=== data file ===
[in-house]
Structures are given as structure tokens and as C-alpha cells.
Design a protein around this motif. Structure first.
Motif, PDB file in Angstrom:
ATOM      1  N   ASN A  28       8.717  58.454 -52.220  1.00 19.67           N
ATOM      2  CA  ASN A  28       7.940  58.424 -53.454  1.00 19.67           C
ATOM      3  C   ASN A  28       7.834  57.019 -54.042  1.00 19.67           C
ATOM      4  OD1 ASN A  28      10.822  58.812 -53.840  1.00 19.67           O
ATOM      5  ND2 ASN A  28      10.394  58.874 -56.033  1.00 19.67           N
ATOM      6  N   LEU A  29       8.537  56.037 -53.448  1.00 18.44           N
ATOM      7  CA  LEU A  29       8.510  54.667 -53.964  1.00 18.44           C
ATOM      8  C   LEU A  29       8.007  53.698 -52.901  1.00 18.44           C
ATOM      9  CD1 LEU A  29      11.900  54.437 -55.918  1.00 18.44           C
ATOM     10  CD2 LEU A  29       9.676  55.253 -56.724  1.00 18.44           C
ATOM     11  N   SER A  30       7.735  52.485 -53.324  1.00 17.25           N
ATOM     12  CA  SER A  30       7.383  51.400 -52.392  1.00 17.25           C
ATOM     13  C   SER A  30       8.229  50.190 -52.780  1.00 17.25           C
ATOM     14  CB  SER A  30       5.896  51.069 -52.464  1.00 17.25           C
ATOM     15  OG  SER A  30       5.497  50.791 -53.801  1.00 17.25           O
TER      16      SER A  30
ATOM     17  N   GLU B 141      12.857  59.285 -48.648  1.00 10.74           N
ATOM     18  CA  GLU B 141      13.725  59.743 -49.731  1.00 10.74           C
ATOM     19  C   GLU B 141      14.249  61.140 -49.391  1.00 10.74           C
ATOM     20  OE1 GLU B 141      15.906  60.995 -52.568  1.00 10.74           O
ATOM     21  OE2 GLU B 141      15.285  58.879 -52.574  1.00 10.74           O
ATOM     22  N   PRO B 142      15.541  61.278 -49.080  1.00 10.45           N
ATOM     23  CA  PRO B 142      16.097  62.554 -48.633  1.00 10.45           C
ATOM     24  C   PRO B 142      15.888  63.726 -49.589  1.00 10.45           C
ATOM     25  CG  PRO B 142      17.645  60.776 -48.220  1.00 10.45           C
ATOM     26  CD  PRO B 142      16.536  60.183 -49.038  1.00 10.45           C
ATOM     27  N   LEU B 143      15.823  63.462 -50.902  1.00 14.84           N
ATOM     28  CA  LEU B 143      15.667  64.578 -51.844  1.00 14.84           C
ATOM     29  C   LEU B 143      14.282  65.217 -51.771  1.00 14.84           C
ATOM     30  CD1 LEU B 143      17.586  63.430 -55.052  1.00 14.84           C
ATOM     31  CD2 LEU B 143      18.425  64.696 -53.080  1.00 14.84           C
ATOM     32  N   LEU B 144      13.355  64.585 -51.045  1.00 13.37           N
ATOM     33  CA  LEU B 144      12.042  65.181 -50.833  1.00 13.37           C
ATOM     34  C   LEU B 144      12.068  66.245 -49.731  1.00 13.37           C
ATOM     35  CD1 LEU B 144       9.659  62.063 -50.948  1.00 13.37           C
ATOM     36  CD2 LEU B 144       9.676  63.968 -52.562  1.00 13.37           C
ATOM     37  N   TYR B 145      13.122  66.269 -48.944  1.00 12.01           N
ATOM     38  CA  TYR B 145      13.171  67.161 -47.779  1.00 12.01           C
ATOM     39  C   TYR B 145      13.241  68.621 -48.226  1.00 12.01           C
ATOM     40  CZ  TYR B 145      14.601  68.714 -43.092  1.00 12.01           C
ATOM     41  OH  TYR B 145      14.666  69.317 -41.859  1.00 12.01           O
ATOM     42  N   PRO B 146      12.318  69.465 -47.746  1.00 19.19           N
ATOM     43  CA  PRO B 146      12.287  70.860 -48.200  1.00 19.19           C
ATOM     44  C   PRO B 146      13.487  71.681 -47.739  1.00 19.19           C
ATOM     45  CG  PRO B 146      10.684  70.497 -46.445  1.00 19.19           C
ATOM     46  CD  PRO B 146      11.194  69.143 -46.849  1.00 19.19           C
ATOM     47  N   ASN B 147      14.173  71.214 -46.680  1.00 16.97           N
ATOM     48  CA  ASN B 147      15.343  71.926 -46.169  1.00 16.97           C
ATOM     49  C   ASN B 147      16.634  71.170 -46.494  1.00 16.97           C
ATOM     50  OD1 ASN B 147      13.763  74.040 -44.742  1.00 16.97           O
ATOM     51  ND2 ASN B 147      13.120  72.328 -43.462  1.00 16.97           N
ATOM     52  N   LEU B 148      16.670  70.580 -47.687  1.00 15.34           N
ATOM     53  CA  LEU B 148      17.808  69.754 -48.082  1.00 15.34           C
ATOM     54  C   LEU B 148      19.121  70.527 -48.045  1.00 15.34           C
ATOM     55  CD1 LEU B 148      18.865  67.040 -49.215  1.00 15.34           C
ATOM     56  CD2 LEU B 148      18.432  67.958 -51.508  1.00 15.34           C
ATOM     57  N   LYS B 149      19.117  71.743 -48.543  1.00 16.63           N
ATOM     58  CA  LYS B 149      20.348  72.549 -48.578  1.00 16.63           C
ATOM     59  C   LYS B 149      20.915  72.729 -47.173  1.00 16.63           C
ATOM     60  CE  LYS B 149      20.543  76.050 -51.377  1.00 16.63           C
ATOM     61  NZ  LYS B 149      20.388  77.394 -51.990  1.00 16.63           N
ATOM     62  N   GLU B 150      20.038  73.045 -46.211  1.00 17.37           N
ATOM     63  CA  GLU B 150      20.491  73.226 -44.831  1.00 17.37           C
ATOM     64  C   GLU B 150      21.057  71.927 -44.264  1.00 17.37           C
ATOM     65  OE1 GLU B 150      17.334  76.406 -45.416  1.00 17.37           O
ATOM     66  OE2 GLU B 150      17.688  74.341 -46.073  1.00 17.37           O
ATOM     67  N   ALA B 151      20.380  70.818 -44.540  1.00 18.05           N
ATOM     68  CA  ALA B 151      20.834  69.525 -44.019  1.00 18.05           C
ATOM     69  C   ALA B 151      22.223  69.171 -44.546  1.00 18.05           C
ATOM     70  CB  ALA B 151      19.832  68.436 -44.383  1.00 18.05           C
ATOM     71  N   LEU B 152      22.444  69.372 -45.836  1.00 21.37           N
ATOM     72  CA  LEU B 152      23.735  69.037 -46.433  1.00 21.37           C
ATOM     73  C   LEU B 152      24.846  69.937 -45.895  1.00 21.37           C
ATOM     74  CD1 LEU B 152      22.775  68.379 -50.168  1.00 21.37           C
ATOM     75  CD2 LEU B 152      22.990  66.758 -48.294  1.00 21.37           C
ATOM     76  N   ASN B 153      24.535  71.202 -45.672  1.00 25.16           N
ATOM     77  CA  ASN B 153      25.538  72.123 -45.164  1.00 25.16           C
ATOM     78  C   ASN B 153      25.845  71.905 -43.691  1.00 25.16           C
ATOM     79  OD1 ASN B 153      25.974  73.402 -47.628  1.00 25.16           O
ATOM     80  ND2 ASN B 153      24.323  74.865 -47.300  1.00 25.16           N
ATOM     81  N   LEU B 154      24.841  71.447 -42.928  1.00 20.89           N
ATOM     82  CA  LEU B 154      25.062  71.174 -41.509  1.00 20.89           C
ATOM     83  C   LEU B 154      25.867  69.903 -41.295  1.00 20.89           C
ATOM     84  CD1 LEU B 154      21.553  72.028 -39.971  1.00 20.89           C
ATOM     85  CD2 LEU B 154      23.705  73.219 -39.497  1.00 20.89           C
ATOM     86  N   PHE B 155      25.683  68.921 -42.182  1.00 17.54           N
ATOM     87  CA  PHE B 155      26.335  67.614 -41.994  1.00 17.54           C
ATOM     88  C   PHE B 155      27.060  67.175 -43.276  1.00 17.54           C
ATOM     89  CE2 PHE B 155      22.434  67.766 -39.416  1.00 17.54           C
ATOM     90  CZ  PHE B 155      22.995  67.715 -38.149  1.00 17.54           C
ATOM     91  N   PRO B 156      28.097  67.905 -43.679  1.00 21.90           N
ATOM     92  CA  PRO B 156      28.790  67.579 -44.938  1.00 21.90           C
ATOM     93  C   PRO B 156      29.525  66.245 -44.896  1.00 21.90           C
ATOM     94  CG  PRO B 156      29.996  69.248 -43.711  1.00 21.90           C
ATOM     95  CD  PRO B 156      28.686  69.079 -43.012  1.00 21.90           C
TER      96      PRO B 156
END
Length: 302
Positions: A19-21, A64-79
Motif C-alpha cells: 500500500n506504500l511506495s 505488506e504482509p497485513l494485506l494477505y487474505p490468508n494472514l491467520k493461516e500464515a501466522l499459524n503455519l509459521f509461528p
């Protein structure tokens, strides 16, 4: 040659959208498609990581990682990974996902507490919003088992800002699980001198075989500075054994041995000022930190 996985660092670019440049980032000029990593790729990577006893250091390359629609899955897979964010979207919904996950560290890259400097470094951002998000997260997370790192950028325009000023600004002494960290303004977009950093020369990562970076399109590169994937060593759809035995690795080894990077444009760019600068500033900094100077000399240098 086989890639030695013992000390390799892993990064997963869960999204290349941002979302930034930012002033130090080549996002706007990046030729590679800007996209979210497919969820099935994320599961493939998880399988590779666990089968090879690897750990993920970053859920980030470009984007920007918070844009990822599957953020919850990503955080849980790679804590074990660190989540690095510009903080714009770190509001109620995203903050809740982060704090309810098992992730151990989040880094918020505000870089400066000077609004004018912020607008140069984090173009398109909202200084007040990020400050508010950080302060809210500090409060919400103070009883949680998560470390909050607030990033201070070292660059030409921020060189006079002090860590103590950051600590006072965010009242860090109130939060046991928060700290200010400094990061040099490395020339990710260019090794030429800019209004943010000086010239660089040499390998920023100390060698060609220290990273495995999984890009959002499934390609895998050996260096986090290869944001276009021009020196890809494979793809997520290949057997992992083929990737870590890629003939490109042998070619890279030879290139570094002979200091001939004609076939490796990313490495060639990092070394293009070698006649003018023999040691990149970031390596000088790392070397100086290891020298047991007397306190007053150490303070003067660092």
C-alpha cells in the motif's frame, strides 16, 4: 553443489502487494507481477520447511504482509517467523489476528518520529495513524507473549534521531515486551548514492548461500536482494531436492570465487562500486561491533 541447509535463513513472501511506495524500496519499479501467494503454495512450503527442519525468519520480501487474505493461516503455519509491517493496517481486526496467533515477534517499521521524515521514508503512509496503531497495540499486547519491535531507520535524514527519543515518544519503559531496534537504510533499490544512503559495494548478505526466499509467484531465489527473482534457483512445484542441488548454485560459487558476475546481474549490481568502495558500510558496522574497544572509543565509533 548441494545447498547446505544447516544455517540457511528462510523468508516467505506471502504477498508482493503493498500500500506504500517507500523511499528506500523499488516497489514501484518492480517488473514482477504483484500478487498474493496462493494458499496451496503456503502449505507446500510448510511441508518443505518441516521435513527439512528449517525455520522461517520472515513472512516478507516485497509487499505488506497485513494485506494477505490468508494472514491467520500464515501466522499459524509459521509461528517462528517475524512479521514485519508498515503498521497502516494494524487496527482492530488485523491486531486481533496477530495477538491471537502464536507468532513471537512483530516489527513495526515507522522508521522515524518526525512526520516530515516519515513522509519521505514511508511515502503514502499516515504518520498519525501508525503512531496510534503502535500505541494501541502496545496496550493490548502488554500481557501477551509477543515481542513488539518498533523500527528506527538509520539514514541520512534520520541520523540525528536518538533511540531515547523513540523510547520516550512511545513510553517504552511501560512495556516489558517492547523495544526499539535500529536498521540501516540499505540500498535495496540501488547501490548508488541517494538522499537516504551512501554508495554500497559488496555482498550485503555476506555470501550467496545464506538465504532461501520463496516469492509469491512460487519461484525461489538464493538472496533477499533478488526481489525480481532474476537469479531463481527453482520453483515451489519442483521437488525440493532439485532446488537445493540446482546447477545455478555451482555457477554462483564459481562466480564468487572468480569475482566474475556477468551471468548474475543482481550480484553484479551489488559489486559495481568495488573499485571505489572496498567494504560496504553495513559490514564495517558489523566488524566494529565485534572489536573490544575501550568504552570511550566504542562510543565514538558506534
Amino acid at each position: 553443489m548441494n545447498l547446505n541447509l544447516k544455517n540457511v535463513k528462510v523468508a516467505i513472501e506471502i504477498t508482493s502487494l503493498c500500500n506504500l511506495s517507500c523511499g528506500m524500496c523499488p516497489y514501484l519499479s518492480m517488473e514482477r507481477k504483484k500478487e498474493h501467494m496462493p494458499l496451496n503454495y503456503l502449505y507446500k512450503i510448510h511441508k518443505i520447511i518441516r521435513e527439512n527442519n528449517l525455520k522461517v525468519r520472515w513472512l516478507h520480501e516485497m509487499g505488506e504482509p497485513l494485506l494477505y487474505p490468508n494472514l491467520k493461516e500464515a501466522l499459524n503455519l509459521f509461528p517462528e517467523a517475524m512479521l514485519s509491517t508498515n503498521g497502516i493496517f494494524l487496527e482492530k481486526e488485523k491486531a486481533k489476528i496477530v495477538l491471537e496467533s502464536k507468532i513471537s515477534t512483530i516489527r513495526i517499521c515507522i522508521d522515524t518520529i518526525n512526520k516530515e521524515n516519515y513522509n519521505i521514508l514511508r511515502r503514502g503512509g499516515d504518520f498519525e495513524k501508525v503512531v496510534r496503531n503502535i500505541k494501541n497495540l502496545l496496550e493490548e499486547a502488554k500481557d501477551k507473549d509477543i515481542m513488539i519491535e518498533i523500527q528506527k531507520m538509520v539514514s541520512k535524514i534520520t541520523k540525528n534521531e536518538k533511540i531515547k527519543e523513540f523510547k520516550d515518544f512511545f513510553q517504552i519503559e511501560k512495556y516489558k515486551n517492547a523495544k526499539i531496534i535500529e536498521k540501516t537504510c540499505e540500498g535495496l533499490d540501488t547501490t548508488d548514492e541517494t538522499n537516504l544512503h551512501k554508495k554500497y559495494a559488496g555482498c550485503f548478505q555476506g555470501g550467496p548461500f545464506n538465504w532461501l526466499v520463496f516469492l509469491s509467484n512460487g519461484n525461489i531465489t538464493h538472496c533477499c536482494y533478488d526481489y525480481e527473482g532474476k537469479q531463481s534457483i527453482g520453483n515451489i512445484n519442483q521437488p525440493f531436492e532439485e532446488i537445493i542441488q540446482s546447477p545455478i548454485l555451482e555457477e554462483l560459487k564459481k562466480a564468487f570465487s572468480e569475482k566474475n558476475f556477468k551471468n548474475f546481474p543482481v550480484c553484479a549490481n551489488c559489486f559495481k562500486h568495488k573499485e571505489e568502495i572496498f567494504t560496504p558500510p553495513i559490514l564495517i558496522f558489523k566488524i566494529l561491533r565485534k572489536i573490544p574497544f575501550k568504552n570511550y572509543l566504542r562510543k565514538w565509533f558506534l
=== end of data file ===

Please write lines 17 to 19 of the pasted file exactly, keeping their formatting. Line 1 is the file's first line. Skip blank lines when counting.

ATOM     13  C   SER A  30       8.229  50.190 -52.780  1.00 17.25           C
ATOM     14  CB  SER A  30       5.896  51.069 -52.464  1.00 17.25           C
ATOM     15  OG  SER A  30       5.497  50.791 -53.801  1.00 17.25           O